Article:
Classic Acts: A Tale of Two Decorators

Posted:
October 28, 2013

We’re panting over classical design, the elegance and cozy opulence of rooms done by Colefax & Fowler, Sister Parish, Albert Hadley and Nancy Lancaster. We have two decorators, both visiting Houston this month, who have followed the tenets of classical design their entire careers, creating rooms that look lived in … as if they evolved over generations, at once impressive and exuberant.  

Decorators Mario Buatta and Tom Scheerer are themselves some years apart in age — but age, as we’ve explained, is a malleable thing when it comes to classicism and great rooms. Both these gentleman have books out this month, and for both, it’s a first book. In Buatta’s case, Mario Buatta: Fifty Years of American Interior Decoration, it takes 432 pages to survey his body of work, which includes some of America’s greatest estates and country houses for Malcolm Forbes and Barbara Walters; Blair House, the presidential guest quarters; a manor house in Tulsa; and a Georgian in the Philippines. The first house in the book is the 1930s John Staub-designed Neoclassical former Houston home of Courtney and Christopher Sarofim.

Sheerer’s book has just come out as I write this, and a five-page story on his work recently appeared in The New York Times T Magazine. He’s puddle-jumping from the Maidstone Club to the Cosmopolitan Club to Piping Rock, Locust Valley and Hobe Sound, shoehorning book signings and talks amidst work for his clients. Tom Scheerer Decorates is lush in its coverage but a tad “under-baked,” says Mr. Scheerer — a word he uses to explain that the smartest rooms are always a little under decorated.

After reading through both books, I still had a few burning questions … so, here are three minutes with two of my favorite classic guys.

Favorite vintage design books.

MB: Colefax & Fowler: The Best in English Interior Decoration by Chester Jones (1989); Billy Baldwin Decorates (1972); Parish-Hadley: Sixty Years of American Design (1995); and George Stacey and the Creation of American Chic. This last book publishes April 2014, but George designed in the ’30s and for the next 40 years. He was one of my heroes when I was young — he did amazing placement of objects, color … He worked for Babe Paley, Ava Gardner, Grace Kelly. Amazing work.

TS: Hands down, the original Vogue’s Book of Houses, Gardens, People (1968) with photographs by Horst and everything one needs to know about style is in its pages.

Favorite room in the world.

MB: Nancy Lancaster’s yellow drawing room in London. 

TS: The Pantheon in Rome is quite a room … resonant in a way that no other interior space can duplicate. I could brag and say the living room at the Lyford Cay Club. My tour de force: grand but cozy, serious decorating but lighthearted. High style in the tropics!

Go-to red paint color.

MB: I mix everything myself, always Benjamin Moore. Out of the can, I like Ladybug Red (1322) and Currant Red (1323).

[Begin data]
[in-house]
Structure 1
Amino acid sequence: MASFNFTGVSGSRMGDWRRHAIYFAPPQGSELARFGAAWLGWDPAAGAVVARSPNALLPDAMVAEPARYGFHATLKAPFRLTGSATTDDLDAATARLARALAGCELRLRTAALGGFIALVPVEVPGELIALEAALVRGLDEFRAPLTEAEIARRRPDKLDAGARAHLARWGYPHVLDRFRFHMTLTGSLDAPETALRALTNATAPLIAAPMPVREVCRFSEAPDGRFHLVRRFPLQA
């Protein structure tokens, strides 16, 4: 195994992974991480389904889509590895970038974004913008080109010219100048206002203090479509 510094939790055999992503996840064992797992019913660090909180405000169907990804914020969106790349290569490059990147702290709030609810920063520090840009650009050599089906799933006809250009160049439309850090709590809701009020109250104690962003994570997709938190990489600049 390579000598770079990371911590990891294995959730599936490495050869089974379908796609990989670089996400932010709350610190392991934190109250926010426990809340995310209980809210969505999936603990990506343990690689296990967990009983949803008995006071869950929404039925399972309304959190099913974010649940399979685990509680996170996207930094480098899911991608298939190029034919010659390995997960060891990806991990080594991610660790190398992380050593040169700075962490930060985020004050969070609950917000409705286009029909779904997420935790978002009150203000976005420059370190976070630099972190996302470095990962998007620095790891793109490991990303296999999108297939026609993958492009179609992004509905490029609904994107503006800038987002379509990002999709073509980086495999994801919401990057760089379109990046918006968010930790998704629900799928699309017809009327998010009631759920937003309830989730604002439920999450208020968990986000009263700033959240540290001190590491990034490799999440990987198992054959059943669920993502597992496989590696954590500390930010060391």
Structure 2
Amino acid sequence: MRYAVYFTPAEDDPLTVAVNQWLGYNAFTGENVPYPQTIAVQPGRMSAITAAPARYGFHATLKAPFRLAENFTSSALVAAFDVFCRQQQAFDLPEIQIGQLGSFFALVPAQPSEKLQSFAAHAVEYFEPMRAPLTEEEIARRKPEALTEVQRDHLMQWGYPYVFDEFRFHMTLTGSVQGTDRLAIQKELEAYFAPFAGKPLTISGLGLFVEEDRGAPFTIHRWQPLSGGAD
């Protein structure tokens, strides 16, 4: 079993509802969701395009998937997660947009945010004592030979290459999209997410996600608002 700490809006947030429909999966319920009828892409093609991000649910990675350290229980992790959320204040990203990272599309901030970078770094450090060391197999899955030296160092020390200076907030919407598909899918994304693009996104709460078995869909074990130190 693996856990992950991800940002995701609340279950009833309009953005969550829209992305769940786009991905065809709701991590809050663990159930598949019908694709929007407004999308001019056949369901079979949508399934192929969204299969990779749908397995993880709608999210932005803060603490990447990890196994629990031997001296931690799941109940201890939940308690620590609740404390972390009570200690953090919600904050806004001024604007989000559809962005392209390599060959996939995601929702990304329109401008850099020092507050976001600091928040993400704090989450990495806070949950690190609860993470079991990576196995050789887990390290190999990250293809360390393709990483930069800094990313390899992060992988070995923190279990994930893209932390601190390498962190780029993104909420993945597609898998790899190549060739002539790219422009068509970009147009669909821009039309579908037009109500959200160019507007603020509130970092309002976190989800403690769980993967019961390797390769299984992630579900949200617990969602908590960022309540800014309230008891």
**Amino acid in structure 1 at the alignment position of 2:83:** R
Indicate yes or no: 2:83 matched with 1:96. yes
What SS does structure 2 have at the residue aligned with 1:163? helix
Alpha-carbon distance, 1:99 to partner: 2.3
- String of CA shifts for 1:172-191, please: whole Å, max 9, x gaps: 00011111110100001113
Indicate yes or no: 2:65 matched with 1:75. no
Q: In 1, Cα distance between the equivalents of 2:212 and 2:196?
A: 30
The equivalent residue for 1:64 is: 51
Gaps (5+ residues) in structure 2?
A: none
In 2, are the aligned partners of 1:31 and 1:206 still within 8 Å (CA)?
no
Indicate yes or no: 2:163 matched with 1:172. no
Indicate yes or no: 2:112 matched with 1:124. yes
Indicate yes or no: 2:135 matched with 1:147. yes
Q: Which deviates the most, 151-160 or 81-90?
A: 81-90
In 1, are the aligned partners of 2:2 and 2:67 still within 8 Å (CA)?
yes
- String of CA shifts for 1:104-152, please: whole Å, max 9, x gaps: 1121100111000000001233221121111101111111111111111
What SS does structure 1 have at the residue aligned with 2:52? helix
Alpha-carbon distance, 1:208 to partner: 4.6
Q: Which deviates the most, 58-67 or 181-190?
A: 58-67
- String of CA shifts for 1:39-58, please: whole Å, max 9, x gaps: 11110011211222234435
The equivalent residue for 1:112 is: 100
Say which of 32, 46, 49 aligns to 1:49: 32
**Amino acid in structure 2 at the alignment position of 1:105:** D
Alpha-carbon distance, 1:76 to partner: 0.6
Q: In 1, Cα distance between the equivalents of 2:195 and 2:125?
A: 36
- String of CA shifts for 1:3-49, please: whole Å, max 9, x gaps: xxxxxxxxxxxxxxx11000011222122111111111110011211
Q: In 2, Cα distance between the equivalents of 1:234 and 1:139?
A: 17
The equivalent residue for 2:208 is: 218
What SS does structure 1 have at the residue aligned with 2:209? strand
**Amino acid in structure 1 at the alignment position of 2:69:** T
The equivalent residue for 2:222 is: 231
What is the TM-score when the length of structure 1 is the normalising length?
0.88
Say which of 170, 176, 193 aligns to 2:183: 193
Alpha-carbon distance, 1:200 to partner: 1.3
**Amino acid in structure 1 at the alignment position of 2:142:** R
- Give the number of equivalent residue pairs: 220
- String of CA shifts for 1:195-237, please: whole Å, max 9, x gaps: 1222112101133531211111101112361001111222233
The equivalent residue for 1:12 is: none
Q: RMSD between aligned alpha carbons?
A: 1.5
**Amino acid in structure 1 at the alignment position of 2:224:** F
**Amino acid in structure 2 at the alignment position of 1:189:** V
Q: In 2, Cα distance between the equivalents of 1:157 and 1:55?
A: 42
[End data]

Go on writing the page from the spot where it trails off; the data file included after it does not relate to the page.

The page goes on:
Your go-to neutral wall paint.

TS: Benjamin Moore Linen White ... sometimes cut with a bit of pure white for trim and ceilings. It’s truly neutral, without a gray, pink, green, blue cast. The beautiful warm white that everyone thinks they need to struggle with.

A handful of very intensecolors that work beautifully in a room.

TS: I did a very uncharacteristic (for me) peacock-blue dining room recently in Florida. It is wonderful set off with rattan elements and a rough cypress ceiling. Fire-engine red makes for a great library or sitting room but might not make for a good breakfast, dining or bedroom! Aubergine is cozy and glamorous, too. Especially with glints of brass and fresh green as a secondary color.

Restaurants in NY that feel like home.

MB: La Grenouille and Swifty’s (which I happened to decorate along with Anne Eisenhower) and Mr. Chow — love the way it looks.

TS: Patroon! Old-school service and wonderful, sensible but gala food. It’s what 21 used to be. I also find the front room of the Gramercy Tavern has a welcoming buzz and delicious, seasonally conscious “not too much” food.

 

Mario Buatta will be at the Decorative Center Houston, October 16, 9:30 am, as keynote speaker for the Fall Market. Mr. Buatta will then sign his book Mario Buatta: Fifty Years of American Decoration ($75) in the Lee Jofa/Brunschwig & Fils showroom, Suite 150, 10:30 to 11:30 am. Please RSVP for the keynote address or book signing to 713.961.1271 or klarson@decorativecenter.com. Decorative Center Houston, 5120 Woodway.

Tom Scheerer will be at The Houston Design Center Tuesday, October 29, 11 am, speaking on a panel with Suzanne Kasler and Jeffrey Alan Marks at the Alkusari showroom, Suite 229. Mr. Scheerer will then sign his book Tom Scheerer Decorates ($55). Books will be for sale at the event. Please RSVP to 713.864.2660 or visit thehoustondesigncenter.com/fallmarket. Houston Design Center, 7026 Old Katy Road.

Mr. Scheerer will sign books at Found Monday, October 28, 7 pm. For more information and to RSVP, call 713.522.9191. Found, 3433 W. Alabama.

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